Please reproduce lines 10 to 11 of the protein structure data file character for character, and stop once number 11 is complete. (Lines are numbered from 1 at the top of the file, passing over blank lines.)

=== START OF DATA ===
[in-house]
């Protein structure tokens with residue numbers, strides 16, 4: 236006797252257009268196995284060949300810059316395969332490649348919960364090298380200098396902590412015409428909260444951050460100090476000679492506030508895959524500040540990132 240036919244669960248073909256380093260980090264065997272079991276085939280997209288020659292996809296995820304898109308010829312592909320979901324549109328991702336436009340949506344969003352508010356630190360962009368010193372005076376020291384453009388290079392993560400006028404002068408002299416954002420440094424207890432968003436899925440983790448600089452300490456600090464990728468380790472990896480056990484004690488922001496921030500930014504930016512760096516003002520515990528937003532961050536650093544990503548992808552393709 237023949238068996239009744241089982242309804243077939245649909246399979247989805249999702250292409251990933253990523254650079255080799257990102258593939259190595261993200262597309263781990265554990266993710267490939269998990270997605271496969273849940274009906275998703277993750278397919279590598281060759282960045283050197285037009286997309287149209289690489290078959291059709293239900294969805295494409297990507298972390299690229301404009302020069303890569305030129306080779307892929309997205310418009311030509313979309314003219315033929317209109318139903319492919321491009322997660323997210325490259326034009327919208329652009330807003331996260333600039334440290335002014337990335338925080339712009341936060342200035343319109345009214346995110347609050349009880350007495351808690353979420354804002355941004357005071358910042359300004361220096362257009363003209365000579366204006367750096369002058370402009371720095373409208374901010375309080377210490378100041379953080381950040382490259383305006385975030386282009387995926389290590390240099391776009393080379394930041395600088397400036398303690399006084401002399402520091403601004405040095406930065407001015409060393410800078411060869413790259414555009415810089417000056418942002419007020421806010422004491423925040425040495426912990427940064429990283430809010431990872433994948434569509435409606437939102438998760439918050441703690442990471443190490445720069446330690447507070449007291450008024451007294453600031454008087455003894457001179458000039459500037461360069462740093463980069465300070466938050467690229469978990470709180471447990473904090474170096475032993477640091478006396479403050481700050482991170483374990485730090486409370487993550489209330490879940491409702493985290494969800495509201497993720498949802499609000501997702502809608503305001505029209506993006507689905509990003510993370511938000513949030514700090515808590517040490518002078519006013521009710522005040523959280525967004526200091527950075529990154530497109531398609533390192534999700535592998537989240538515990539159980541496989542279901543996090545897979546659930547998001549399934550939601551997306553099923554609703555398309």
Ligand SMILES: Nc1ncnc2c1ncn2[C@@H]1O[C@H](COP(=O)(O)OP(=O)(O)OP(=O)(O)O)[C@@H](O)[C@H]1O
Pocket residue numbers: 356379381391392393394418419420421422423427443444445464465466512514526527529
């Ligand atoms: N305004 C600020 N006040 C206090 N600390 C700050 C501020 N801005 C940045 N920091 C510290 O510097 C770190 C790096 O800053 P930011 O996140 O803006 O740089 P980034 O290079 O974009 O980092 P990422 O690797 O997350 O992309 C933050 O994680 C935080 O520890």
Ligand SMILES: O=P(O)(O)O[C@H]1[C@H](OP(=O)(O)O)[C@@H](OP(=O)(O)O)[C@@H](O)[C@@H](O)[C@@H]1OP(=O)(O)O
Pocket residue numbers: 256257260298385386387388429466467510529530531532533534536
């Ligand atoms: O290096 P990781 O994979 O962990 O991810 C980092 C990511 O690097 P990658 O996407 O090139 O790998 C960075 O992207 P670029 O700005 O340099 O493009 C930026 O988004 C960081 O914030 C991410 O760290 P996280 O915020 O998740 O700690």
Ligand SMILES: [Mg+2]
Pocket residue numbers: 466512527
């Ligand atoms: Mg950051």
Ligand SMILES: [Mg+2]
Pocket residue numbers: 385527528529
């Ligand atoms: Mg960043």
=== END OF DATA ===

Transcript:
Pocket residue numbers: 466512527
């Ligand atoms: Mg950051």